ATA to FMCSA: Abandon hours-of-service changes


In comments filed March 4, the American Trucking Associations again called on the Federal Motor Carrier Safety Administration to abandon its proposal to revise the hours-of-service rules and retain the current rules. ATA deems the proposed changes as politically motivated, while it says the current rules are based on science and have been proven to function safely.

“In its current HOS proposal, the agency has abandoned years of objective analysis in favor of speculation and internal ‘judgments’ of critical areas,” ATA said in its comments. “The agency’s approach in the current HOS proposal cannot be squared with its prior factual conclusions and analytical approach; is contrary to the real-world circumstances to which the rules apply; and its financial computations whither under objective scrutiny. In short, the agency is far from making any sort of case that the HOS rules should be changed and the obvious strains in its attempt to justify those changes illustrates how ill-considered they are.”

The current hours-of-service rules, which have been in effect since January 2004, made four primary changes to the regulations then in place: increasing the daily driving limit from 10 hours to 11 hours; increasing the required minimum daily rest from 8 hours to 10 hours; decreasing the number of hours on duty after which a driver may not operate a commercial motor vehicle from 15 hours to 14 hours; and allowing a driver to “reset” the weekly 60 or 70-hour on duty limits with 34 consecutive hours off duty. Under the current proposal, FMCSA is, among other changes, considering whether to reduce the daily driving limit from 11 hours to 10 hours and has proposed to limit the 34-hour restart provision by requiring that it include two periods from midnight to 6 a.m. and limiting its use to once per week.

In its comments, ATA points out that since the basic framework of the rules went into effect in 2004, “truck safety has improved to unprecedented levels” as the “numbers of truck-related injuries and fatalities have both dropped more than 30 percent to their lowest levels in recorded history.” ATA also told FMCSA that despite claims by the agency and anti-truck activists that the reduction in crashes is the result of a slumping economy, “truck mileage has actually increased.” ATA went on to point out that even those who choose not to believe the current hours-of-service rules are at least partly responsible for these improvements in truck safety must surely agree that the rules did not harm it.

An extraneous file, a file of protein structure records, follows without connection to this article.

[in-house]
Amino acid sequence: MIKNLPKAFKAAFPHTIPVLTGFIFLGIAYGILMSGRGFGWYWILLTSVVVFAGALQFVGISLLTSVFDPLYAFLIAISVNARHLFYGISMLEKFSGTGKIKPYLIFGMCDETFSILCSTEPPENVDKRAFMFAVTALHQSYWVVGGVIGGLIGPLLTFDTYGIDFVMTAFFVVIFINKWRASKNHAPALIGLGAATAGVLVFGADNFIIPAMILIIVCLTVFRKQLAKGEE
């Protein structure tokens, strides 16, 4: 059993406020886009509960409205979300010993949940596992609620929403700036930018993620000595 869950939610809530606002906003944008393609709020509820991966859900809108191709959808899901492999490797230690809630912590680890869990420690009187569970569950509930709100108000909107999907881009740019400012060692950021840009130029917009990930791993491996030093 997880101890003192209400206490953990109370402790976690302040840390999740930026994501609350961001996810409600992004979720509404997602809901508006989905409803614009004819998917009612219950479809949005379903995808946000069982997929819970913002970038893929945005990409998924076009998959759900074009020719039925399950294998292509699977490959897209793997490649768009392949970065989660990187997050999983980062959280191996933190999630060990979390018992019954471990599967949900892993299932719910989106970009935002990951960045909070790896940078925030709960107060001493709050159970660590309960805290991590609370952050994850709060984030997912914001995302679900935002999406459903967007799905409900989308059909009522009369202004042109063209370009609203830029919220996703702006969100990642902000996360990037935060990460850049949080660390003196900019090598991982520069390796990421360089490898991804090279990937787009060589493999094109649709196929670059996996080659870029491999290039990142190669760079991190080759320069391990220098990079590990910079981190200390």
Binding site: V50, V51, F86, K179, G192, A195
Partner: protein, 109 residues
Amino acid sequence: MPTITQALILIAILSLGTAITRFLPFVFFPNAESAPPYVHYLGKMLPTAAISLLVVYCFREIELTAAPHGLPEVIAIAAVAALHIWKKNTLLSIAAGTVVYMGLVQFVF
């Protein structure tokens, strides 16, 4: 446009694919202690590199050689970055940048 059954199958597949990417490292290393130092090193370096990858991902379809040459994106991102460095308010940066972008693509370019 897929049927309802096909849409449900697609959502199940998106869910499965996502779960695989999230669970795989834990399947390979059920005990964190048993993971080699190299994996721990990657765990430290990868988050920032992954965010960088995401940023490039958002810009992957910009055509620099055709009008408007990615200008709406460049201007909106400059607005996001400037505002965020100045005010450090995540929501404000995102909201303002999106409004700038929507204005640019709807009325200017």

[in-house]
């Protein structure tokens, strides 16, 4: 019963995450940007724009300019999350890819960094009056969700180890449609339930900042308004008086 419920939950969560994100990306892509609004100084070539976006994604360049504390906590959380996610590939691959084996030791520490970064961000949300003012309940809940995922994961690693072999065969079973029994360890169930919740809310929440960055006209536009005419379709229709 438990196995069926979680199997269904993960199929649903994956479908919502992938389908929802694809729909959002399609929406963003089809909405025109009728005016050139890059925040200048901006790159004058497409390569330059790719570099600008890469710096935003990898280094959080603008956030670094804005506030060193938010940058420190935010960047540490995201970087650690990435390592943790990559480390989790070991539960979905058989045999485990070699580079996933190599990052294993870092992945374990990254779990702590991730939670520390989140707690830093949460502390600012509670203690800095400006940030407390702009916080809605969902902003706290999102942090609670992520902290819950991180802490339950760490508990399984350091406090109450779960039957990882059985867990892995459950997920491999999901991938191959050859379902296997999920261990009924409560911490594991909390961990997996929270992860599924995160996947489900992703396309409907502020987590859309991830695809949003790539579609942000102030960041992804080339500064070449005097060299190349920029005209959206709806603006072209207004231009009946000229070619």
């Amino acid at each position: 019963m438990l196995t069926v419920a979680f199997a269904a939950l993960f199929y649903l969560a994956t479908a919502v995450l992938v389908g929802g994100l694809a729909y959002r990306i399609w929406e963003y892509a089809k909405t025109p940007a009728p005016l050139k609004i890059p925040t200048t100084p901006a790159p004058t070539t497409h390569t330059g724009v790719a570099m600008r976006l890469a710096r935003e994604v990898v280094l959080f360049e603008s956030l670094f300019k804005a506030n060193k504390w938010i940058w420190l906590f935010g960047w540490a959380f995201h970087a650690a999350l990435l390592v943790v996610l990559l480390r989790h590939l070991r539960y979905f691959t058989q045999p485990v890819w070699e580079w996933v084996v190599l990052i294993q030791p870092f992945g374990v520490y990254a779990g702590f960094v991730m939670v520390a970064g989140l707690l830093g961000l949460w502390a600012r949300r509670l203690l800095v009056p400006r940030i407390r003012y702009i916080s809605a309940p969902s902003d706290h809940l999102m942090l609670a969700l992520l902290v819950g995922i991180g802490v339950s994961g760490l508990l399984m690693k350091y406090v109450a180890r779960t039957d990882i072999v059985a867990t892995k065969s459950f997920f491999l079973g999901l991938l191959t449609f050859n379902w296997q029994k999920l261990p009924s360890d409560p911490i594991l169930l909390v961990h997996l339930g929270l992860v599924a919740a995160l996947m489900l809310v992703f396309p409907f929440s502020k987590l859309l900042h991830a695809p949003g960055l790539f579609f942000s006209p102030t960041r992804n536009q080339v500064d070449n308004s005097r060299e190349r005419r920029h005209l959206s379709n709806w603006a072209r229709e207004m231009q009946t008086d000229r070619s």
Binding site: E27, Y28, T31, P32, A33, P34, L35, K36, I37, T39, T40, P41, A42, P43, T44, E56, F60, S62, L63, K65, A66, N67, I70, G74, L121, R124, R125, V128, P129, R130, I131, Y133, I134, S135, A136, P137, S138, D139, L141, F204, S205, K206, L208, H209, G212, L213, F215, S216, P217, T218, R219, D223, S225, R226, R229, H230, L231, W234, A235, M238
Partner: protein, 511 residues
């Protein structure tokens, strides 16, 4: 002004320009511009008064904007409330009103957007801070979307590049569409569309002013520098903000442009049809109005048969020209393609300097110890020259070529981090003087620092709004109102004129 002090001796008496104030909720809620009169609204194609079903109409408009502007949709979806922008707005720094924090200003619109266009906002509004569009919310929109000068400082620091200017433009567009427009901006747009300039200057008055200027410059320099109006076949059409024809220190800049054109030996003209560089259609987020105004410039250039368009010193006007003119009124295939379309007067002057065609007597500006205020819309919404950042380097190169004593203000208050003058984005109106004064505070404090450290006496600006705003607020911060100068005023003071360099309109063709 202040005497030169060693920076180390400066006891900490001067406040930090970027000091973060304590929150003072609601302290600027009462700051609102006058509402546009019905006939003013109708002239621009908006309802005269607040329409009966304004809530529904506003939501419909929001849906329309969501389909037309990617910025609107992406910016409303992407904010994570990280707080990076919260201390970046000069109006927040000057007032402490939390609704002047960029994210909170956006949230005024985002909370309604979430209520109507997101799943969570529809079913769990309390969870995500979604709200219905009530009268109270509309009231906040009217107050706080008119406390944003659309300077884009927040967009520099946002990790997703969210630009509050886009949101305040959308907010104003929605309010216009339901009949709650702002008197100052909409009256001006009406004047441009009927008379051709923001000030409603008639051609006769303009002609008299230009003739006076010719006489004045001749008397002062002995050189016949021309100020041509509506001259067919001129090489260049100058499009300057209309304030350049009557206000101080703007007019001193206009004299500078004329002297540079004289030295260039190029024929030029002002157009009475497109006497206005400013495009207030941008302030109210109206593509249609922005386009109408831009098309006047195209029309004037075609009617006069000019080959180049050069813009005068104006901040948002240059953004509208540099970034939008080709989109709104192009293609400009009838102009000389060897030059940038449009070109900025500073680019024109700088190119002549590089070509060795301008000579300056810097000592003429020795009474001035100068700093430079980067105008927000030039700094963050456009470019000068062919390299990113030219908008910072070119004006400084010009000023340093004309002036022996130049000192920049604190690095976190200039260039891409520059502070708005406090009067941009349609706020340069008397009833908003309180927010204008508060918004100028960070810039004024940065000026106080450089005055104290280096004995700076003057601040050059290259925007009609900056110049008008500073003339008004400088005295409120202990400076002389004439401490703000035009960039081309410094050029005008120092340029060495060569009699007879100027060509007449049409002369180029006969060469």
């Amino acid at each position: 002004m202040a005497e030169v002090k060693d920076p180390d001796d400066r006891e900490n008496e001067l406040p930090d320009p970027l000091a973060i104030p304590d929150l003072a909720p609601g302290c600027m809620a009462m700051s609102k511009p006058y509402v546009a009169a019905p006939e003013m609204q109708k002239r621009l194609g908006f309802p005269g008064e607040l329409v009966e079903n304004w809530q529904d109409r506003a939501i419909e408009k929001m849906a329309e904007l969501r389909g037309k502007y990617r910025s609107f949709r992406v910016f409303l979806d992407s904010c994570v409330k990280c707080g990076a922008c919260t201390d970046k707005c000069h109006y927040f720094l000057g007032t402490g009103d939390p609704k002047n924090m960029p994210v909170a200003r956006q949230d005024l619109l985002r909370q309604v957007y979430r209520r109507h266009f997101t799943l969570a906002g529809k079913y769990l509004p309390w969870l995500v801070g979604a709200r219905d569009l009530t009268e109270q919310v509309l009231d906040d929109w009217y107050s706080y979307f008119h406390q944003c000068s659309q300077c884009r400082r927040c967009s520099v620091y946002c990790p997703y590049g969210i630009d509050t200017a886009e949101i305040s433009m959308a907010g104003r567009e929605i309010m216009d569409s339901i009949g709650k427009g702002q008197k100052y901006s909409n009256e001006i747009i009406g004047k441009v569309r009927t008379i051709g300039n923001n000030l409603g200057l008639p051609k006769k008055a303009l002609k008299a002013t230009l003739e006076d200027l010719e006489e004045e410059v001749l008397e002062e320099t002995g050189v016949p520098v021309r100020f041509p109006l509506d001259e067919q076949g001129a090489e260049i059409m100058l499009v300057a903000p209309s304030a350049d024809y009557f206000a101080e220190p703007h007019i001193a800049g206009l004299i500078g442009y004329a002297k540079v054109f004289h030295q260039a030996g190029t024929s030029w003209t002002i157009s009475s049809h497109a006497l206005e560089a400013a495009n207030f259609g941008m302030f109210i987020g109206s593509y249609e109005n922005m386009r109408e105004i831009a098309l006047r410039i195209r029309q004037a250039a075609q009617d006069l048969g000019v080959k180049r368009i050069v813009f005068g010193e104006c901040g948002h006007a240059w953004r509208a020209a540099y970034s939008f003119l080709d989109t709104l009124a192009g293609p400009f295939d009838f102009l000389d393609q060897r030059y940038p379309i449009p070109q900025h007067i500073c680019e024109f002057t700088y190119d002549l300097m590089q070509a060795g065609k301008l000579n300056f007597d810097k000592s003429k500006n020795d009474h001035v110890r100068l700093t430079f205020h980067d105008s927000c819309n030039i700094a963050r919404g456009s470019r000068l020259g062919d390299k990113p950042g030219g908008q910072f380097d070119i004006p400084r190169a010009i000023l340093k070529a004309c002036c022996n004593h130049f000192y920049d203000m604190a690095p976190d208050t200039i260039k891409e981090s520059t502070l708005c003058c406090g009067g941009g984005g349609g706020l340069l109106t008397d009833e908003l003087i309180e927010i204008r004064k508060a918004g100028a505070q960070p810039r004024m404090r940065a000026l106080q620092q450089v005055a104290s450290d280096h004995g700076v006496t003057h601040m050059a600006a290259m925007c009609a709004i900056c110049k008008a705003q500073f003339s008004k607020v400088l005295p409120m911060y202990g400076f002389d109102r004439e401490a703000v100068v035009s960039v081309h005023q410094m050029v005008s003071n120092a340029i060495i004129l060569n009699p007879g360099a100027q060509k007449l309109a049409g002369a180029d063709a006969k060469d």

Rather than change the rules, ATA told FMCSA that focusing on improving compliance with the current regulations would do more to improve highway safety. “Promoting compliance with the current hours of service rules is a very good recipe for reducing crashes,” ATA said, pointing to the agency’s own data that demonstrates a strong correlation between compliance with the current hours-of-service rules and low crash rates. “Changing the rules only leaves safety to chance.”

ATA also pointed to independent reviews of FMCSA’s analysis that found the agency wildly overstated, and in some cases invented from whole cloth, the alleged benefits of its proposed changes. “The agency had made numerous crucial errors in its assessment that individually and cumulatively render its conclusions meaningless,” ATA said, adding that a sleep researcher upon whose work the agency leaned heavily to justify the proposed changes accused the agency of misapplying his work to support its claims.

“The changes proposed by FMCSA will have virtually no benefit in terms of reducing fatigue-related truck crashes and, in fact, will create other types of truck safety concerns such as promoting aggressive driving and driving during peak hours of congestion,” ATA concluded.